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CANE ARMAGEDDON 2021


The American Eagle Cane Style is a traditional martial art for adult men and women who seek to improve quality of life. Students train with a walking cane and learn self-defense techniques, katas, basic forms, strikes, partner drills, and more.


On Saturday, July 10, 2021, the American Martial Arts Institute hosted its first annual cane competition "Cane Armageddon."


The tournament began with opening remarks from Headmaster Eric Stalloch, the 10th Dan and head for the American Eagle Cane Style, and a introduction to the days events by Grandmaster Clifford C. Crandall, Jr., the founder and head of the American Martial Arts Institute, and 10th Degree for the American Eagle Style (empty hand martial art).


The American Eagle Cane Style was founded by Grandmaster Crandall, Headmaster Stalloch, and Master Lynn Jessee. The three founders judged the three tournament divisions.

The first division was katas. Katas (also called "forms") are a series of moves that fight off multiple imaginary attackers. They assist the student in establishing a foundation for growth within the style as the forms challenge the balance between mind and body, power and flow, and their relationship to timing. The katas incorporate directional changes, stances, techniques, breathing, and a variety of other

essential aspects. The American Eagle Cane Style has numerous traditional katas, documented in the style's textbook, including Basic Kata, Reflection 1 through 5, Natural Walk, Anvil, Autumn Wind, Valley, Briar Patch, Old man with a Cane and others. There were two divisions this year: white belt through purple belt and brown belt through black belt ranks.


Following an exciting demonstration of skill from all of the competitors, Grandmaster Crandall and Headmaster Stalloch made two special presentations.

First was to Ryan Byrne, a 1st degree black belt student in American Eagle Style. Ryan was awarded the $500 Crandall-Stalloch Community Safety Scholarship. This scholarship is awarded to only one graduating senior each year for use toward their college or trade school expenses. The student must be one of the American Martial Arts Institute's "red tops" (junior rank black belt class assistants), and they must complete a project that improves safety in the community and submit their project for review and judging by a panel of 6th and 7th degree black belts. Ryan will be attending Cornell in the Fall.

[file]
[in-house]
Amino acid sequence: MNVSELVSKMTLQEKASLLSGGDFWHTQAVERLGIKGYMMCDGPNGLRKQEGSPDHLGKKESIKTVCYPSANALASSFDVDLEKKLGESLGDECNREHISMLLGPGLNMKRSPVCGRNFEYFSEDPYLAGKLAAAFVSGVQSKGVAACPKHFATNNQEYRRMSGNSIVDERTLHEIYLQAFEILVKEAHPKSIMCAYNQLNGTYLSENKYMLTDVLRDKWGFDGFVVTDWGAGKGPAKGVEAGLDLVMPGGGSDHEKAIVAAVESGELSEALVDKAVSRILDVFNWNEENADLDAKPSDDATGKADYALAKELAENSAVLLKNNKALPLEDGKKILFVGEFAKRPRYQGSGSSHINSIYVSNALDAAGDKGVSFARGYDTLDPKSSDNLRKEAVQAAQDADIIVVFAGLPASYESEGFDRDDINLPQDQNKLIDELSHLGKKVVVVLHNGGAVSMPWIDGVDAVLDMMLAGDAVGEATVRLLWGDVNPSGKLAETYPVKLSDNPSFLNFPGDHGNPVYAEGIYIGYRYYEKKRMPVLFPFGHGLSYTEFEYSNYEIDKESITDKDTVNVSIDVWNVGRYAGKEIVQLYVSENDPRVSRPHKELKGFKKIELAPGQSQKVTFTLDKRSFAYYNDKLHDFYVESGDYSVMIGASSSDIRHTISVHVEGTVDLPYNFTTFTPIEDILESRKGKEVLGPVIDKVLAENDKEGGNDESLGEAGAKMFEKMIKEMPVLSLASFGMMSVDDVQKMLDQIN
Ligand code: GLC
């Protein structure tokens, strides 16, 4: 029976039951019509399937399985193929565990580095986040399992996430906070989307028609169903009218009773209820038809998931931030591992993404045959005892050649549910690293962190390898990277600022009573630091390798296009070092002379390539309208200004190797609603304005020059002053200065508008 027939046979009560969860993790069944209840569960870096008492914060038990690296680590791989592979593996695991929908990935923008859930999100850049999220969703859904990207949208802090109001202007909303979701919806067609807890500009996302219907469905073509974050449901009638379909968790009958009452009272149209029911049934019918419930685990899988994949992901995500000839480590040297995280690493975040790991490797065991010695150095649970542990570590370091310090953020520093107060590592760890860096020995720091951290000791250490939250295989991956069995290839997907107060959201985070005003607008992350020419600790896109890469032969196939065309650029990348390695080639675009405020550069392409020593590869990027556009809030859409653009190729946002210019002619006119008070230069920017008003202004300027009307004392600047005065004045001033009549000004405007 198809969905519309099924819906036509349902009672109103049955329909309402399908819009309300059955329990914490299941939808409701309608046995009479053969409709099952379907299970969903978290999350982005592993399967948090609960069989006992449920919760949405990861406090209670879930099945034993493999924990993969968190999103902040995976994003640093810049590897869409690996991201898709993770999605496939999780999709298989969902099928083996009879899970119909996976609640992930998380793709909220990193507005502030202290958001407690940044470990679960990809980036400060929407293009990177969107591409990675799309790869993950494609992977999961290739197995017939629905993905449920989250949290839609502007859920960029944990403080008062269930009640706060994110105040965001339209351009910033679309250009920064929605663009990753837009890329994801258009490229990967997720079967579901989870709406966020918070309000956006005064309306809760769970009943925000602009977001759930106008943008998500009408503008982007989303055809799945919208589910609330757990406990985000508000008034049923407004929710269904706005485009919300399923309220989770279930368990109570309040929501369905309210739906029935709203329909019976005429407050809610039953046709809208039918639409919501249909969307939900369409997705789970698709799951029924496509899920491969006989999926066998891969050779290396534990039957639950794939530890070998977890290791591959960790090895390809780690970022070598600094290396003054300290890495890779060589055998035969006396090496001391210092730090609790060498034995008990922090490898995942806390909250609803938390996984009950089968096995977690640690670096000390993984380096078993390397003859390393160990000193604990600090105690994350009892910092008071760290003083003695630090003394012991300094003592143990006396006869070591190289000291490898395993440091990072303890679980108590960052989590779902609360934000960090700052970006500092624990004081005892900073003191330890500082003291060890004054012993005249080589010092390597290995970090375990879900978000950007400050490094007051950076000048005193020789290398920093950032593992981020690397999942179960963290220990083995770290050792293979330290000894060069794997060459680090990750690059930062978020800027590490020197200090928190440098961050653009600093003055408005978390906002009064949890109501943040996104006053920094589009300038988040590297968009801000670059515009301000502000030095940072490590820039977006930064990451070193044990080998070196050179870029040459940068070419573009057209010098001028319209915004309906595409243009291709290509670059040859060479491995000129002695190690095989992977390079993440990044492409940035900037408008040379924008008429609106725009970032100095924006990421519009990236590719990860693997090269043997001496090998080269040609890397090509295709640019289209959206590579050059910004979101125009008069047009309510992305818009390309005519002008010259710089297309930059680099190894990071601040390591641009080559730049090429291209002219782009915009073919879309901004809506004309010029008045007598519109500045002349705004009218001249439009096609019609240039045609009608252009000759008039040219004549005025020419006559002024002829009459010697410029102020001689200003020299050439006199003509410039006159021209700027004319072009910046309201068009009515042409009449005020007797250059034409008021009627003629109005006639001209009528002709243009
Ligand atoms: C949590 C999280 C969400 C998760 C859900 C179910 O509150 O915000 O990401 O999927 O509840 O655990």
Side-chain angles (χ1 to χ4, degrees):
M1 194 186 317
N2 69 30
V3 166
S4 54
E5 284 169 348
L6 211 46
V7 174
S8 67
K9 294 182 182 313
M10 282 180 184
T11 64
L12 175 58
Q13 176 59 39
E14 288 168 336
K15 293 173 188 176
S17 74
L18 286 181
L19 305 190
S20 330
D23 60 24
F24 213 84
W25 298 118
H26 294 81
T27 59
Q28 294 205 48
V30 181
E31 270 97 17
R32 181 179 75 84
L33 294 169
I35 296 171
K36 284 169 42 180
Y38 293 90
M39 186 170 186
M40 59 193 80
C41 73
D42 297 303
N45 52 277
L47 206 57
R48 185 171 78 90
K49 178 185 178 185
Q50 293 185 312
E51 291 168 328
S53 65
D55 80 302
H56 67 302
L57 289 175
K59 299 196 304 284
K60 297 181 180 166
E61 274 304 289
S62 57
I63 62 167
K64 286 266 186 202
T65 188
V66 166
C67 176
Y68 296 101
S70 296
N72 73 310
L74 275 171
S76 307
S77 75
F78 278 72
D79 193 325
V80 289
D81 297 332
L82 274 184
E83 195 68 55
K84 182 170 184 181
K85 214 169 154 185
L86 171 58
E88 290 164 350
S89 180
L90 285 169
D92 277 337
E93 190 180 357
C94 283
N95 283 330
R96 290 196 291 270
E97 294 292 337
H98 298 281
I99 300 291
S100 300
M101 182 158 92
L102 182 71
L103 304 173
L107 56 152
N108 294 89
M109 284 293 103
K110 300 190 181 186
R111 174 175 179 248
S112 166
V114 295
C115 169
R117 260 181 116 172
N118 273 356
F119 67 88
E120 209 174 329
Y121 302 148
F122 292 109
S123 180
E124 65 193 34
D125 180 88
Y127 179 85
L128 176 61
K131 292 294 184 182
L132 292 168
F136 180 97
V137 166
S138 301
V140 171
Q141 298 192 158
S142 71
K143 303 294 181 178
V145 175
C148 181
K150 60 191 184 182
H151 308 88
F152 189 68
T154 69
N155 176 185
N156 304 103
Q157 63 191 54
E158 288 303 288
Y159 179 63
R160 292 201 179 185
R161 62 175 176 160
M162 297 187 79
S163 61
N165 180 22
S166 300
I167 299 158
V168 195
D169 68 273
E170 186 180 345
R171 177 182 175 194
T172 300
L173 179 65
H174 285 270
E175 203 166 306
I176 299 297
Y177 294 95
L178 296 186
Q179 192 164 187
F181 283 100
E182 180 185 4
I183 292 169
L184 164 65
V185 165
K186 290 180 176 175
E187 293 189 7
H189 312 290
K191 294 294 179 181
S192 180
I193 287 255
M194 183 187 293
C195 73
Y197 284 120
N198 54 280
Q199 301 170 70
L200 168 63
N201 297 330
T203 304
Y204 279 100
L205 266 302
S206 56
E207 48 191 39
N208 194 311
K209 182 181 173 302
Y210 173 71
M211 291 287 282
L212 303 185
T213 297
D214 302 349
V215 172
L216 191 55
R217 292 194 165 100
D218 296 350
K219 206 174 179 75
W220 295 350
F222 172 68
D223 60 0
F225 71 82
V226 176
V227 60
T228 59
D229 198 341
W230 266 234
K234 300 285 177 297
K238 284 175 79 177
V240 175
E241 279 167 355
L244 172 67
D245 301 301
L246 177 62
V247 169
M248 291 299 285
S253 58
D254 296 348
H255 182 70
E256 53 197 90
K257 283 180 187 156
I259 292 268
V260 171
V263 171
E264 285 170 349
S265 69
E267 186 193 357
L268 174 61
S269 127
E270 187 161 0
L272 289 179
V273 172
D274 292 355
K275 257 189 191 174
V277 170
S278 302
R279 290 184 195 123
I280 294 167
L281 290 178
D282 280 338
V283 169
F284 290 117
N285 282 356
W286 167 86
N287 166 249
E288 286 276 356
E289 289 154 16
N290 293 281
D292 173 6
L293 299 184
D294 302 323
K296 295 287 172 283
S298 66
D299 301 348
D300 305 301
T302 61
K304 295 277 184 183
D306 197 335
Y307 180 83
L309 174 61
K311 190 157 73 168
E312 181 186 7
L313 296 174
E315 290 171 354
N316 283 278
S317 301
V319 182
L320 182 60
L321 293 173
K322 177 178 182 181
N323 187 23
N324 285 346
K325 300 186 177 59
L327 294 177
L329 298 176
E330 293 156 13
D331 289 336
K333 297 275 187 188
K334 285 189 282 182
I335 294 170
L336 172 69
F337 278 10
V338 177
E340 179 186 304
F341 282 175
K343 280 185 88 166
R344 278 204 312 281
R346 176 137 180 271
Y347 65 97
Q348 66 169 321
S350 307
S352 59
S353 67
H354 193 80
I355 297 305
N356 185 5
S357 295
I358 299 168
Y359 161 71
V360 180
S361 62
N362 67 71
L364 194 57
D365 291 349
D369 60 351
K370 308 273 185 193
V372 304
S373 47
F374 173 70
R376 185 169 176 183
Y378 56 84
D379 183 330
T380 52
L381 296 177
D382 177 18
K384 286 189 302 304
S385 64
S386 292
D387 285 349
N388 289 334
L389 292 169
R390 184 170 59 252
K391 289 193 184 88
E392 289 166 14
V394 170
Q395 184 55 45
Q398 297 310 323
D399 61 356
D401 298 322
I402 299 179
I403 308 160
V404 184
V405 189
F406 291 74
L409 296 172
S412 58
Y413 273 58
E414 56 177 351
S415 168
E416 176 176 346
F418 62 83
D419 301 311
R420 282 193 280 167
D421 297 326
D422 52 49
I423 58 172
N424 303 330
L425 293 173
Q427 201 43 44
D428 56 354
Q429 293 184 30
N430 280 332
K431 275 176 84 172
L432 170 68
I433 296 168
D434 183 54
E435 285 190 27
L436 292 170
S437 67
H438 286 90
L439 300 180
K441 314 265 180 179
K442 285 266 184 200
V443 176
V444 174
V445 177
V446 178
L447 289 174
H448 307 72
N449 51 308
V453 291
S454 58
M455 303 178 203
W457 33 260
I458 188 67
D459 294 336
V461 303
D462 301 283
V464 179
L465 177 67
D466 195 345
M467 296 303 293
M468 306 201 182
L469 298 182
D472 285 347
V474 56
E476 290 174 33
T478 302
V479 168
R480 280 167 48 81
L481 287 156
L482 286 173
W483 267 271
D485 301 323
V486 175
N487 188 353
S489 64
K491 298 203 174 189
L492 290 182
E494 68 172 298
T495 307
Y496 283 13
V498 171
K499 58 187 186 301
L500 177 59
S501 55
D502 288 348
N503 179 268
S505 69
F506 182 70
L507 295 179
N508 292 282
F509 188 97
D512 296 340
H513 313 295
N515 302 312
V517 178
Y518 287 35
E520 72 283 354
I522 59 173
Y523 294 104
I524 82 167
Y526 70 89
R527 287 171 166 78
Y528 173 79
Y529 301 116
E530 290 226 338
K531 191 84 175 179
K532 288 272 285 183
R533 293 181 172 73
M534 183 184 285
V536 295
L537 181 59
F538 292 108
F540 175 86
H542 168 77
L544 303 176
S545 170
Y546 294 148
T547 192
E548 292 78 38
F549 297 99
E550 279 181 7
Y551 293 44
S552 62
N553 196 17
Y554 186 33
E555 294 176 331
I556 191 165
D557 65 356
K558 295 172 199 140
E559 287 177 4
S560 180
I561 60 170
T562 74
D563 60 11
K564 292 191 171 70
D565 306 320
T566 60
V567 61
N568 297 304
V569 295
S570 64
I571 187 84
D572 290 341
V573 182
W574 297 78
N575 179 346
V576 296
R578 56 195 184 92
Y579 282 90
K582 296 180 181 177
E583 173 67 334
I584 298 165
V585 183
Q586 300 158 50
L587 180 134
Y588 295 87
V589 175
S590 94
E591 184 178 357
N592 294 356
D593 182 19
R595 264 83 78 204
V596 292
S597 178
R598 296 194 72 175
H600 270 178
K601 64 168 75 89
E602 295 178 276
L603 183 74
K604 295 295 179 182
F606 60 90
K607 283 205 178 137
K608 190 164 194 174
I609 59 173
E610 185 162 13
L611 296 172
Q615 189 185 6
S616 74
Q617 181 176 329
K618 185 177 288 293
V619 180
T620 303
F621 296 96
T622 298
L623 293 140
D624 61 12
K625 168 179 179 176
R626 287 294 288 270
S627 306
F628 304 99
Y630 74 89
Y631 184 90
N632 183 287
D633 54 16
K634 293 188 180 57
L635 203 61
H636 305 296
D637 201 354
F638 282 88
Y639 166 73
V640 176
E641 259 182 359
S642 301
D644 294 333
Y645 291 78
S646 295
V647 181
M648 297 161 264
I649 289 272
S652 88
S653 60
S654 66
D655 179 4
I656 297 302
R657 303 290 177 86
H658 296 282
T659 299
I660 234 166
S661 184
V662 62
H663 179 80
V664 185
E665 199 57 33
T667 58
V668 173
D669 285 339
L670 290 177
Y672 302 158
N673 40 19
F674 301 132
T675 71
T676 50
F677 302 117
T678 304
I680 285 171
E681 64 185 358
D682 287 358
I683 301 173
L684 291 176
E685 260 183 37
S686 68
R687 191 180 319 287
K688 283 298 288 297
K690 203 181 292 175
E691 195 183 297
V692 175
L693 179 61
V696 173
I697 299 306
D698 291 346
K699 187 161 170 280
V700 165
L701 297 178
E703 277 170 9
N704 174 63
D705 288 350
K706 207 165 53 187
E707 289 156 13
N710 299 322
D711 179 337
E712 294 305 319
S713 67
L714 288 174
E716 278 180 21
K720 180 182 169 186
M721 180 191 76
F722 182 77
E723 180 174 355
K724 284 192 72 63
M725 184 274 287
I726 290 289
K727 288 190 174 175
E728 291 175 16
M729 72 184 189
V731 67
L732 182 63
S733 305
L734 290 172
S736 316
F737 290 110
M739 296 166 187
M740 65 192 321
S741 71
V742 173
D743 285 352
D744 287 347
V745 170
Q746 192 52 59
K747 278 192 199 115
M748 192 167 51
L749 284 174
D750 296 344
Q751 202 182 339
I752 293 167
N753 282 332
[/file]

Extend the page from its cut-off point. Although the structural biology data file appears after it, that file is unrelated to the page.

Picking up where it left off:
Second was to Mr. John Strachen, owner of Claim Masters in Central New York. Mr. Strachen was presented with a certificate recognizing him as an honorary American Eagle Style black belt for his contributions to making the school and community safer during the Covid-19 pandemic. His efforts helped to create a germ-free environment that improved the well-being of our school's students.

Following the presentations, the competition continued outdoors with the breaking division. Competitors had the option to break boards, concrete blocks, or bricks to demonstrated the power of the cane and their skill in its use. A variety of techniques were demonstrated including breaks on boards supported between two blocks, free standing boards, boards dropped and broken mid-air, clamped boards, hand-held boards, and more. In addition, the competitors could execute up to four individual breaks with points awarded for each successful break, the complexity of the break, and the overall presentation of the break and skill demonstrated. The competitor had to choose between two methods of demonstration. Option A was to present up to four individual breaks. Option B was to do up to four breaks in a combination that represented blocks or strikes in application to a self defense scenario. For example: if two attackers were defended against by blocking the arm, striking the attacker's knee and then turning to strike the second attacker in the head, then the breaks would represent these impacts against boards in a constant flow. It was an exciting demonstration for the spectators, judges, and students alike.

The final division of the day was self-defense. Students used padded training canes with partner. Similar to the breaking division, competitors could demonstrate their skill by two different methods. Option A was three individual techniques. Option B was three different attackers in a constant flow approximating an actual attack scenario. The most important factor was safety for the partners, students, and spectators. Mats were used, and at times partners wore padded safety equipment. Key to the judging was concern and appropriate power demonstrated toward the partners. Competitors could choose to demonstrate against grabs, punches, kicks, knives, hand guns, long guns, sticks, and other common methods of assault. All training implements were rubber or padded replicas.

The day ended with awarding plaques for first and second place for each division, and gift cards for movie tickets for honorable mentions. The day was a lot of fun and it was clear that it built camaraderie for the students. Next year's cane competition will be held in June or July 2022.

American Eagle Cane Style classes are offered weekly at the American Martial Arts Institute for men and women ages 18 and older.